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El Paso County's Stormwater Infrastructure Gets Bad Grade

El Paso County's Stormwater Infrastructure Gets Bad Grade

EL PASO COUNTY, Colo. - A regional stormwater task force presented its disappointing findings to the El Paso County Board of Commissioners in a meeting on Thursday.  The American Society of Civil Engineers graded the county's stormwater infrastructure a D-.

"There was an expectation that there was a problem, but I think there was a lot of surprise to the extent of that problem and some serious concern about how to go forward," said Kevin Walker, a consultant to the task force.

He said money is tight in this poor economy, so funding has not  beenavailable for the necessary upkeep of stormwater infrastructure.

"Unless you keep up with them, they can catastrophically fail; that's what's happened in several places here," said Walker.

Pati Burleson is a member of the task force. She owns The Margaita on Pine Creek restaurant; her property has been directly impacted by stormwater runoff.

Her grandfather purchased the land her restaurant currently sits on in 1903. She remembers Pine Creek as a quiet, meandering stream. Now she described the view of the creek from her restaurant as a "moonscape."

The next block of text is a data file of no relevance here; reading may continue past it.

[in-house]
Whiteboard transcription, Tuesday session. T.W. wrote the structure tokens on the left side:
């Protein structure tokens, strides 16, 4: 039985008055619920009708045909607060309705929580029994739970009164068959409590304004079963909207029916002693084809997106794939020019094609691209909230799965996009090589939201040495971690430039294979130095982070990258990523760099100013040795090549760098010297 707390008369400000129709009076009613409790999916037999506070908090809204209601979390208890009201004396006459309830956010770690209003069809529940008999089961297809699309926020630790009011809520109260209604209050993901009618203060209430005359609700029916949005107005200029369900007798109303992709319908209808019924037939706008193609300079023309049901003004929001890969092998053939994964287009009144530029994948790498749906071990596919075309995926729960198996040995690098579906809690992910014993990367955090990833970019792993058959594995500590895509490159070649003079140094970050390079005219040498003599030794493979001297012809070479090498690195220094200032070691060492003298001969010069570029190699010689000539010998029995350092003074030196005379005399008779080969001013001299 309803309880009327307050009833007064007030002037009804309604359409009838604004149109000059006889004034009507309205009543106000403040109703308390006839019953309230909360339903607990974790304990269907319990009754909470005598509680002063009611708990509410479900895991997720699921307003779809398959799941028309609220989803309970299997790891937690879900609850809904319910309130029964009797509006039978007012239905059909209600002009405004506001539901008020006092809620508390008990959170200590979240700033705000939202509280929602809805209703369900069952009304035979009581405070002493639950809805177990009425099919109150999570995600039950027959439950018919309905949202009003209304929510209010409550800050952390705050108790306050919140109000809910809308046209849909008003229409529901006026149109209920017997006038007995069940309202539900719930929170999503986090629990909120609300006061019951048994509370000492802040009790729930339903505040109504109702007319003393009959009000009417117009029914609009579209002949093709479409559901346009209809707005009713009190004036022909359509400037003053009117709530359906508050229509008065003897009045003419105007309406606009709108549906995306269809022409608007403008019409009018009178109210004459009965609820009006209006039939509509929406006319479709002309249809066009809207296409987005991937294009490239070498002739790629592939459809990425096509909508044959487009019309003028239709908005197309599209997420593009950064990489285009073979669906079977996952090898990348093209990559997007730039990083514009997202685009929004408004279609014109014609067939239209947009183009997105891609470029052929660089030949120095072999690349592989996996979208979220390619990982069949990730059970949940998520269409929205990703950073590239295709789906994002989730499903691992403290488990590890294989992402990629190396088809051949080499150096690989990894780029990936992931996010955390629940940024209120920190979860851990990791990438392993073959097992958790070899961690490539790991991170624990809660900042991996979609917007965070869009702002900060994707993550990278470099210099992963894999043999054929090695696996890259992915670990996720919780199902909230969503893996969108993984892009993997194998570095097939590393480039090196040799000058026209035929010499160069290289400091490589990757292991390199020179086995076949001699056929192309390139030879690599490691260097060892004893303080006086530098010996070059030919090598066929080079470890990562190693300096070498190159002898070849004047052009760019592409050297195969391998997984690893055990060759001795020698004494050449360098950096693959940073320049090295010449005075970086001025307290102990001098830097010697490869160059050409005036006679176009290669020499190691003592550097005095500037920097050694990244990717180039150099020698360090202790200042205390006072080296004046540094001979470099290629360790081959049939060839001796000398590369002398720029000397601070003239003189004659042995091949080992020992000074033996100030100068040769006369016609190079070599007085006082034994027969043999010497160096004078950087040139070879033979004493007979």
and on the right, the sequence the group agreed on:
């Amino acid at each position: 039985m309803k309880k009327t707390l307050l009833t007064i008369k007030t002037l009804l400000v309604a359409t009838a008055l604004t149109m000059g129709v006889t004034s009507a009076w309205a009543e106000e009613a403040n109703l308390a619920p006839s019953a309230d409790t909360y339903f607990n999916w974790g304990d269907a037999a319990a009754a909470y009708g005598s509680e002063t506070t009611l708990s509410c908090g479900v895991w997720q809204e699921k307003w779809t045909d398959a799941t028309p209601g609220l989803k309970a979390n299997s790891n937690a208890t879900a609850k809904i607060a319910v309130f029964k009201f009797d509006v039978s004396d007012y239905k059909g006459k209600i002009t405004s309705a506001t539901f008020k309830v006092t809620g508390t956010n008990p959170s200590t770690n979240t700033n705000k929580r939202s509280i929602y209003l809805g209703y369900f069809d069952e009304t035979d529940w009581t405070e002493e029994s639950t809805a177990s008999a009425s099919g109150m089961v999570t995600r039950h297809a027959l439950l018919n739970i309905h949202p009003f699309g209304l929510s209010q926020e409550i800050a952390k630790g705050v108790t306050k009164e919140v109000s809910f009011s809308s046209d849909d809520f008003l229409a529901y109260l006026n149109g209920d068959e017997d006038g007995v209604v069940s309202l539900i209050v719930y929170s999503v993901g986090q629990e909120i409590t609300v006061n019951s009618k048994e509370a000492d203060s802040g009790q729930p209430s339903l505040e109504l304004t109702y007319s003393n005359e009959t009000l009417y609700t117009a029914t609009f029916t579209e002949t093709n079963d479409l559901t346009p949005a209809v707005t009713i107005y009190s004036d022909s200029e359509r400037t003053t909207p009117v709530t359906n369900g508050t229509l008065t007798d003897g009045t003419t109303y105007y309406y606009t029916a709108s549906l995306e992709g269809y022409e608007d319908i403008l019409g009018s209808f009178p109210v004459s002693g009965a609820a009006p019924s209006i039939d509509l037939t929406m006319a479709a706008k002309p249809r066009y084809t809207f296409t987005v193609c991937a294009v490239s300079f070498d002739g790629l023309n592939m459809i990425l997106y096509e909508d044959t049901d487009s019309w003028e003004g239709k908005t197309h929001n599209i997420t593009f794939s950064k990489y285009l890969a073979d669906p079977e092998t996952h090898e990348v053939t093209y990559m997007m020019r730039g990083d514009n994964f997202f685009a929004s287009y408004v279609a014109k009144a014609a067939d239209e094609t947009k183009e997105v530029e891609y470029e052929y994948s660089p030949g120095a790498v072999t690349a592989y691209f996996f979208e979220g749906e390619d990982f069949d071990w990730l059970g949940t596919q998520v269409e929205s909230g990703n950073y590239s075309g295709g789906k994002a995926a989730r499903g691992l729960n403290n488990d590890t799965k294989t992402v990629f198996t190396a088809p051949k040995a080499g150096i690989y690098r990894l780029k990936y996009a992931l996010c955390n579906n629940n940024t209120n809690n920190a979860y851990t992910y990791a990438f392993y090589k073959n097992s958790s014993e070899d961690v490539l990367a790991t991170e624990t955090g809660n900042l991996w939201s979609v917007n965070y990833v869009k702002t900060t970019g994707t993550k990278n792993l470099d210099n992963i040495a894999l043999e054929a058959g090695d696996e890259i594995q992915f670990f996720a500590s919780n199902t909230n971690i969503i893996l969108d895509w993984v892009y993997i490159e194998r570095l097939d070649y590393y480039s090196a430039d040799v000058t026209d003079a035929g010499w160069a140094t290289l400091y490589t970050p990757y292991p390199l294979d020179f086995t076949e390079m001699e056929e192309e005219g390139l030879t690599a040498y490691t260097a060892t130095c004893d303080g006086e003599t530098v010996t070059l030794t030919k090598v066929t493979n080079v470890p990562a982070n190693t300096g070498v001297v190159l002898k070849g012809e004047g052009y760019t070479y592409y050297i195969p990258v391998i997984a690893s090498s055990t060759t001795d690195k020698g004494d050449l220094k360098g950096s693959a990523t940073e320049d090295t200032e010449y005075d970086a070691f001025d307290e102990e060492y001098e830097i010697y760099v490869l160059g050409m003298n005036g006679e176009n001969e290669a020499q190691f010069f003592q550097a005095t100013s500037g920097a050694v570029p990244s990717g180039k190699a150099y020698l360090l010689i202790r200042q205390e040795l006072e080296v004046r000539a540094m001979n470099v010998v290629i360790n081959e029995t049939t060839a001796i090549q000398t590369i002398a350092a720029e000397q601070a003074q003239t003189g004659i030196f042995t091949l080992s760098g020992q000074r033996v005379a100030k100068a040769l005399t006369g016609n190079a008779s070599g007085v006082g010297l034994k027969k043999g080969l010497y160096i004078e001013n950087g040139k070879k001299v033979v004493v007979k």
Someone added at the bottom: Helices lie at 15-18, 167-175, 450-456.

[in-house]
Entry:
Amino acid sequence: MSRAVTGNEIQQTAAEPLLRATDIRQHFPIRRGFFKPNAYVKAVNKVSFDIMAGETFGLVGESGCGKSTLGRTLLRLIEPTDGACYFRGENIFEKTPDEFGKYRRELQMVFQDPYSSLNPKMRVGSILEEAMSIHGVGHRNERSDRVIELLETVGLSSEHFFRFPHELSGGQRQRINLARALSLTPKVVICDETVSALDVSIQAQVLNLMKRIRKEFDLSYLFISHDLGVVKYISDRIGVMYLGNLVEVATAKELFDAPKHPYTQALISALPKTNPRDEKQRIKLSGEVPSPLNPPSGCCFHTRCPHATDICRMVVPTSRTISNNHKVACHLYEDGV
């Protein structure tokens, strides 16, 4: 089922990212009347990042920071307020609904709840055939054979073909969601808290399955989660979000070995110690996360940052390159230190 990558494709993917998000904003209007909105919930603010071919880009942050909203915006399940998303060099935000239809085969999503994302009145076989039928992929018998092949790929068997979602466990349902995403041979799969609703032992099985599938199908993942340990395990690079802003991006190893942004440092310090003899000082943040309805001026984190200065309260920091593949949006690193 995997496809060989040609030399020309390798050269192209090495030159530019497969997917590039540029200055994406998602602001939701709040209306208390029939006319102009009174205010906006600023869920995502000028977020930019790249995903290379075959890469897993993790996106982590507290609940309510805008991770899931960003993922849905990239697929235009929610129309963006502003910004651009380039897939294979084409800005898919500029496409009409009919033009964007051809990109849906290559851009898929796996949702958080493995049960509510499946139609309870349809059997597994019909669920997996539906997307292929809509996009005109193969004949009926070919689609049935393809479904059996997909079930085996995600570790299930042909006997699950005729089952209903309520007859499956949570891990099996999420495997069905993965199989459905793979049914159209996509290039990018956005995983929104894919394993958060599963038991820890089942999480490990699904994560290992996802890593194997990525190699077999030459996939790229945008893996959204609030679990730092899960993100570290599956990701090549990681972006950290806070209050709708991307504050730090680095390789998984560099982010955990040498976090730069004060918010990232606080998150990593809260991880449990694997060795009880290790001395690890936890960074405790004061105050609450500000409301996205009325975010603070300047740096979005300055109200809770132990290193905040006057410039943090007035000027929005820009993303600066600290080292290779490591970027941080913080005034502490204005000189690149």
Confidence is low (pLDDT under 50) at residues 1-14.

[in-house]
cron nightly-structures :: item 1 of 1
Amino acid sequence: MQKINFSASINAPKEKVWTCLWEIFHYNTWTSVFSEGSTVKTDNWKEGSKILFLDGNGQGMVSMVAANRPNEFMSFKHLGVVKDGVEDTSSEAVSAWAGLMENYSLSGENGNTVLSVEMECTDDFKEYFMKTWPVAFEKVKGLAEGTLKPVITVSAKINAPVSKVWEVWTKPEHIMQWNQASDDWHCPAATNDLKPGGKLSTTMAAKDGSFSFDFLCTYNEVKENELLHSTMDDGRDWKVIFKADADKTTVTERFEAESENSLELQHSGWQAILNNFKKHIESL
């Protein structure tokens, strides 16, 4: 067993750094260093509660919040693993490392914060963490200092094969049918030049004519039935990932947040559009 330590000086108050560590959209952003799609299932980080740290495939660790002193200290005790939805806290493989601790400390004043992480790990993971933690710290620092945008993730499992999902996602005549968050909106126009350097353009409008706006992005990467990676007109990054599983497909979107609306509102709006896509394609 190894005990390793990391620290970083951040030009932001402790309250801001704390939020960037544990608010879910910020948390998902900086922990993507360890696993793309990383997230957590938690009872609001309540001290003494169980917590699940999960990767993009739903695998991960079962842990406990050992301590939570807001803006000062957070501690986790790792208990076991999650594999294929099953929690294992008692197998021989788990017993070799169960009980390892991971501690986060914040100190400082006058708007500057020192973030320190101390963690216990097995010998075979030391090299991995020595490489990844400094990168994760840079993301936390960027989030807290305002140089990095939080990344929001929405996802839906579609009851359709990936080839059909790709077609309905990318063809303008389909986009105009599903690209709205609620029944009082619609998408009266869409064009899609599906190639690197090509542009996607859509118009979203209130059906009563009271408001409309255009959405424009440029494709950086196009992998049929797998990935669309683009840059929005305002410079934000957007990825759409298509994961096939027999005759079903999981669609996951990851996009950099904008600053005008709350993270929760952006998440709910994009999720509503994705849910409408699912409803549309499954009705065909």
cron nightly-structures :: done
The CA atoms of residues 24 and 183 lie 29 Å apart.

"The banks have degraded, you can see a tree over there is about to go in. We've lost I don't know how many feet of property here," said Burleson.

She had a fence running along the cliff overlooking the creek. Burleson had to replace it with a fence 10 feet back because the earth eroded under the first fence and it's dangling off the cliff in some areas.

"For 20 years we've watched things fall over the cliff. We say, 'Help! Do something! Is anyone going to do anything about this?' But no one does," said Burleson.

The task force recommended that the county commissioners move forward with plans to improve the county's stormwater infrastructure. It did not lay out specific steps to move forward, however.

"I don't know what the answer is, but I know what it's done for us. It's impacted pretty heavily on our little area down here," said Burleson.

Burleson and Walker said it's hard to raise awareness about this problem. Burleson said she and others who live along creek beds are conscious of the problem, but the majority of the public doesn't see the lasting effects of this problem day to day.

Burleson hopes these new findings will show the public this is a problem facing everyone, not just her business.

The commissioners have asked staff members to come up with a resolution that would assemble a committee for future stormwater action. That committee will prioritize stormwater projects and brainstorm funding options.

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